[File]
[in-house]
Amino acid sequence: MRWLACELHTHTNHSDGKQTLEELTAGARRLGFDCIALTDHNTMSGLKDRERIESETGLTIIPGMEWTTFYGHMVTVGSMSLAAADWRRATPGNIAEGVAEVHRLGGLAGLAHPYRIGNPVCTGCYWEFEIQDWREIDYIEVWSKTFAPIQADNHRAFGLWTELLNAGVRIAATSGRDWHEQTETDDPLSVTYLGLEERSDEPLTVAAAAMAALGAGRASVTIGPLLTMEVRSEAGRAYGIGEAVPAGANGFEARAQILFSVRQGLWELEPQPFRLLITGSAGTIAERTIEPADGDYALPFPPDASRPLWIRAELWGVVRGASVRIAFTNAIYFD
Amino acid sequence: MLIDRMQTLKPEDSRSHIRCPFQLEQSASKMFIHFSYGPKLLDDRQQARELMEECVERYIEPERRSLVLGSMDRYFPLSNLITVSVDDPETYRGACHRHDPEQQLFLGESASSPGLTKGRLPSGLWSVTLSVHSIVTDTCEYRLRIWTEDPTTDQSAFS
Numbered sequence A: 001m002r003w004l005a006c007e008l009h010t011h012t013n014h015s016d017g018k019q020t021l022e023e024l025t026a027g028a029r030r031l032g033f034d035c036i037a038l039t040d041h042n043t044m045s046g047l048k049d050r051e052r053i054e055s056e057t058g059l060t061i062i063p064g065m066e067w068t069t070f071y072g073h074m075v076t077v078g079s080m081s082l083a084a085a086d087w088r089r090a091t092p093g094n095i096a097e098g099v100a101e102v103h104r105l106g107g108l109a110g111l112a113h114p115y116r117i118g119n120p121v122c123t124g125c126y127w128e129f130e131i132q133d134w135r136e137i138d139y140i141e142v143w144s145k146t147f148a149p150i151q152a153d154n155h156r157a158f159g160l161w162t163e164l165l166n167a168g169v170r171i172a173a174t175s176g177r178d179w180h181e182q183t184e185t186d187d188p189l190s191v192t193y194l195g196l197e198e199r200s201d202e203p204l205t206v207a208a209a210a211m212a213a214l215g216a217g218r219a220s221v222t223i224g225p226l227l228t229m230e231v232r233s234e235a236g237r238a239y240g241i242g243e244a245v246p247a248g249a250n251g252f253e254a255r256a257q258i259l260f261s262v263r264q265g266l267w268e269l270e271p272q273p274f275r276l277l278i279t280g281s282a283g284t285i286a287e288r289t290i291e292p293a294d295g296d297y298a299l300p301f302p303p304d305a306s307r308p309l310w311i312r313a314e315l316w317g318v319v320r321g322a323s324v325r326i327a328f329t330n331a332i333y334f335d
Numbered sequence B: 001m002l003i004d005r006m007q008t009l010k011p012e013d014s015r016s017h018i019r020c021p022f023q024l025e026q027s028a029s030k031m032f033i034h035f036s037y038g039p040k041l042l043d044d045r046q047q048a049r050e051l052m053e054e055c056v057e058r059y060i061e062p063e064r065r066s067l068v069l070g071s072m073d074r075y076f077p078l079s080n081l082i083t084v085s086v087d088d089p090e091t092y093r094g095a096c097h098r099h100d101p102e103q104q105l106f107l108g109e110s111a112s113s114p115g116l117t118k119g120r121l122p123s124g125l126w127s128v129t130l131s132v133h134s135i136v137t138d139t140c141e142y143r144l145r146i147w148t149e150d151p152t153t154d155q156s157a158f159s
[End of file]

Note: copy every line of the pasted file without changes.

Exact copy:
[in-house]
Amino acid sequence: MRWLACELHTHTNHSDGKQTLEELTAGARRLGFDCIALTDHNTMSGLKDRERIESETGLTIIPGMEWTTFYGHMVTVGSMSLAAADWRRATPGNIAEGVAEVHRLGGLAGLAHPYRIGNPVCTGCYWEFEIQDWREIDYIEVWSKTFAPIQADNHRAFGLWTELLNAGVRIAATSGRDWHEQTETDDPLSVTYLGLEERSDEPLTVAAAAMAALGAGRASVTIGPLLTMEVRSEAGRAYGIGEAVPAGANGFEARAQILFSVRQGLWELEPQPFRLLITGSAGTIAERTIEPADGDYALPFPPDASRPLWIRAELWGVVRGASVRIAFTNAIYFD
Amino acid sequence: MLIDRMQTLKPEDSRSHIRCPFQLEQSASKMFIHFSYGPKLLDDRQQARELMEECVERYIEPERRSLVLGSMDRYFPLSNLITVSVDDPETYRGACHRHDPEQQLFLGESASSPGLTKGRLPSGLWSVTLSVHSIVTDTCEYRLRIWTEDPTTDQSAFS
Numbered sequence A: 001m002r003w004l005a006c007e008l009h010t011h012t013n014h015s016d017g018k019q020t021l022e023e024l025t026a027g028a029r030r031l032g033f034d035c036i037a038l039t040d041h042n043t044m045s046g047l048k049d050r051e052r053i054e055s056e057t058g059l060t061i062i063p064g065m066e067w068t069t070f071y072g073h074m075v076t077v078g079s080m081s082l083a084a085a086d087w088r089r090a091t092p093g094n095i096a097e098g099v100a101e102v103h104r105l106g107g108l109a110g111l112a113h114p115y116r117i118g119n120p121v122c123t124g125c126y127w128e129f130e131i132q133d134w135r136e137i138d139y140i141e142v143w144s145k146t147f148a149p150i151q152a153d154n155h156r157a158f159g160l161w162t163e164l165l166n167a168g169v170r171i172a173a174t175s176g177r178d179w180h181e182q183t184e185t186d187d188p189l190s191v192t193y194l195g196l197e198e199r200s201d202e203p204l205t206v207a208a209a210a211m212a213a214l215g216a217g218r219a220s221v222t223i224g225p226l227l228t229m230e231v232r233s234e235a236g237r238a239y240g241i242g243e244a245v246p247a248g249a250n251g252f253e254a255r256a257q258i259l260f261s262v263r264q265g266l267w268e269l270e271p272q273p274f275r276l277l278i279t280g281s282a283g284t285i286a287e288r289t290i291e292p293a294d295g296d297y298a299l300p301f302p303p304d305a306s307r308p309l310w311i312r313a314e315l316w317g318v319v320r321g322a323s324v325r326i327a328f329t330n331a332i333y334f335d
Numbered sequence B: 001m002l003i004d005r006m007q008t009l010k011p012e013d014s015r016s017h018i019r020c021p022f023q024l025e026q027s028a029s030k031m032f033i034h035f036s037y038g039p040k041l042l043d044d045r046q047q048a049r050e051l052m053e054e055c056v057e058r059y060i061e062p063e064r065r066s067l068v069l070g071s072m073d074r075y076f077p078l079s080n081l082i083t084v085s086v087d088d089p090e091t092y093r094g095a096c097h098r099h100d101p102e103q104q105l106f107l108g109e110s111a112s113s114p115g116l117t118k119g120r121l122p123s124g125l126w127s128v129t130l131s132v133h134s135i136v137t138d139t140c141e142y143r144l145r146i147w148t149e150d151p152t153t154d155q156s157a158f159s